If You Are Not Comfortable Being Naked Around Other People, You Are Not an Adult
As a child and a teenager, public nudity is scary. Puberty does strange things to our bodies, and we spend much of our younger years fretting about the development (or lack thereof) of our secondary sex characteristics. That is why schools should not force children and teens to take group showers: The practice fosters anxiety and bullying and deprives children of some bodily autonomy. It makes good sense to encourage teens to grow comfortable with their changing bodies in private.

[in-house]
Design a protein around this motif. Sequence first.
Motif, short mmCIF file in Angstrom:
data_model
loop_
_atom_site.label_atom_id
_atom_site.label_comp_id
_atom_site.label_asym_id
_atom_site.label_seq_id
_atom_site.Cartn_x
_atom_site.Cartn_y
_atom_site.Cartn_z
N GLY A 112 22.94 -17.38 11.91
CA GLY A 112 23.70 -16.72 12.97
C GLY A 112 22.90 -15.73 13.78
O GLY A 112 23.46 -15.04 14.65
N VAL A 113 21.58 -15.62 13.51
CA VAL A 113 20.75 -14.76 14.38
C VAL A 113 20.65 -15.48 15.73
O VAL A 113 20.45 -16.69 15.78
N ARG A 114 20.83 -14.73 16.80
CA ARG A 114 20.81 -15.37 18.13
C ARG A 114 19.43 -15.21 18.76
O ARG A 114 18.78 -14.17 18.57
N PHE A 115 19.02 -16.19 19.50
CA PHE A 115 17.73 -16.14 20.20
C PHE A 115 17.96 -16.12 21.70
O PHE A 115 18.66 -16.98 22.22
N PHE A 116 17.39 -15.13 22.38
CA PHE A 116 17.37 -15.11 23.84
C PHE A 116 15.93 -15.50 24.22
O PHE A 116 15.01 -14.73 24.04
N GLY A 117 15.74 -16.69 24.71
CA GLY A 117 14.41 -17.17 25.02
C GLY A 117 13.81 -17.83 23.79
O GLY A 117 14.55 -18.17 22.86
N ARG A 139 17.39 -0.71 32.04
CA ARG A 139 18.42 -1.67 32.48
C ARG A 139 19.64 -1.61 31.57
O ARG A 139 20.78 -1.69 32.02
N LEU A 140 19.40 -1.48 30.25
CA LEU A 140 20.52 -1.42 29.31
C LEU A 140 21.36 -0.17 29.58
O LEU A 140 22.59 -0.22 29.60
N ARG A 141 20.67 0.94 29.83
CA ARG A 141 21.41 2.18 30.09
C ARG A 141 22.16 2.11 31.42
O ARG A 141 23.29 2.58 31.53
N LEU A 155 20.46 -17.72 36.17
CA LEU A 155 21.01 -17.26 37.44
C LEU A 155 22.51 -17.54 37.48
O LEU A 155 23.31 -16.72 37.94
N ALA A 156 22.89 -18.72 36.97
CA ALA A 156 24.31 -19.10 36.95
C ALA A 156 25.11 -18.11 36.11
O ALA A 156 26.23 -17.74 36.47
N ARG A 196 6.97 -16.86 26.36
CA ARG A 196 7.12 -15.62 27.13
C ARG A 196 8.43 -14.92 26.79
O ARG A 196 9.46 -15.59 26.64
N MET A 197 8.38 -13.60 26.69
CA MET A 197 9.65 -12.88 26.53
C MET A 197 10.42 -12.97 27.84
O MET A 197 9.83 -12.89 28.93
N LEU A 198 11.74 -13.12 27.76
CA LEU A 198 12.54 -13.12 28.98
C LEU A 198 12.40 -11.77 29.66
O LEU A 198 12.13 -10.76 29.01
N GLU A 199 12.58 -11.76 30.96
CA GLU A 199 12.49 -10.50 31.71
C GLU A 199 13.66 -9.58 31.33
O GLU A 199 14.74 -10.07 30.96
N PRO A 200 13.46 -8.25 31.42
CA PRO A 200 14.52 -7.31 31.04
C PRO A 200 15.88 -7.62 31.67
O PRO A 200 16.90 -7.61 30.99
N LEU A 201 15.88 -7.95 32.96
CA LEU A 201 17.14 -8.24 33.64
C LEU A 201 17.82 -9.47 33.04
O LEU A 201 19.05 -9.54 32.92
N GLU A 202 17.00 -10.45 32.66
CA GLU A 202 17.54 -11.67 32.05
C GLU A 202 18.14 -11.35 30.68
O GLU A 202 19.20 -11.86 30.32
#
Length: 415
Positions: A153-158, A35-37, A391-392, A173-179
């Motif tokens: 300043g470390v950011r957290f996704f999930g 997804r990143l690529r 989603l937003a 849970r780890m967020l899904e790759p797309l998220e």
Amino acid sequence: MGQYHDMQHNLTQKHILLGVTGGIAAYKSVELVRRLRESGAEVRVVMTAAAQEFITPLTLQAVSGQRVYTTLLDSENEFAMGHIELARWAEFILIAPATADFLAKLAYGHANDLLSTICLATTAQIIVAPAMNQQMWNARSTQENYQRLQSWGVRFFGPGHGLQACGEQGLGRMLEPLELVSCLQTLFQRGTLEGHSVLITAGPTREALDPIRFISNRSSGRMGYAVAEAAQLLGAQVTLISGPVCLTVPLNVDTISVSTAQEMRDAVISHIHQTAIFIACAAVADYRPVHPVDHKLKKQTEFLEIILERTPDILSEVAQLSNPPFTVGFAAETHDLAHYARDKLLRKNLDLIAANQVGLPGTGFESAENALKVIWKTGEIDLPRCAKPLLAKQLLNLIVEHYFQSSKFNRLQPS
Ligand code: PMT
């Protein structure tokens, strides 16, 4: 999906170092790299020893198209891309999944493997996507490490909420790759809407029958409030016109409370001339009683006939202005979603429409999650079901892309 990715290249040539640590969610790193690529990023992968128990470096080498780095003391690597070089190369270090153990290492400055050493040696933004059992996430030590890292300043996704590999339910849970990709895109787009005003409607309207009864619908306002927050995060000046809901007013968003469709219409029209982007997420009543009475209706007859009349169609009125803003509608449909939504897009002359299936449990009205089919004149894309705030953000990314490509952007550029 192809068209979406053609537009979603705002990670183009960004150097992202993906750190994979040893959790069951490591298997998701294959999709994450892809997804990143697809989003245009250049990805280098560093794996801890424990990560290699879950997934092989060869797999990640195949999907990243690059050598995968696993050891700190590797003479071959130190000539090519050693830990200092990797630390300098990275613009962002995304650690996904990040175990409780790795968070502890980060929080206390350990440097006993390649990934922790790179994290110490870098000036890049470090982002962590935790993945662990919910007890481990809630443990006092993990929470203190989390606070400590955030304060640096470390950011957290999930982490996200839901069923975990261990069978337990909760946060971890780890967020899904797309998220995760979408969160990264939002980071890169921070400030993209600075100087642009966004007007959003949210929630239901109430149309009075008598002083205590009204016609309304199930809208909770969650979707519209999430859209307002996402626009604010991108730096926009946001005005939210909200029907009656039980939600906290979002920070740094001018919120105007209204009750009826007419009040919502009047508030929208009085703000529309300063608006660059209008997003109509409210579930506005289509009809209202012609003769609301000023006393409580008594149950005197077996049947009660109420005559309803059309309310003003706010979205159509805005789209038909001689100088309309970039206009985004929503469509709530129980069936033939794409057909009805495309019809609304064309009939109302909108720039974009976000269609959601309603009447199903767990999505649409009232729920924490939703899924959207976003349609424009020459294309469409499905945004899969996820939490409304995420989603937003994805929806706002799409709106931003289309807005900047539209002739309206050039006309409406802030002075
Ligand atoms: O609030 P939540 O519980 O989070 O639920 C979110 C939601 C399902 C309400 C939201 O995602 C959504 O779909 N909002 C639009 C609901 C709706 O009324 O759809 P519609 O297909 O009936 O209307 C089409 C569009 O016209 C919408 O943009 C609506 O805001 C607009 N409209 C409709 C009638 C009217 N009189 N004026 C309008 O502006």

But there is really no rational reason to remain afraid of public nudity once you are an adult. Your body looks more or less like everyone else’s, especially everyone else with the same sex. The fear driving men to slide their underwear on under their towels is rooted squarely in insecurity, an insecurity about one’s body and genitals picked up during pubescence. That’s fine—we all have insecurities—but that doesn’t make the insecurity healthy. It makes it an irrational phobia, one that should be conquered, not accommodated. (Trans people, who may face a legitimate threat of harassment
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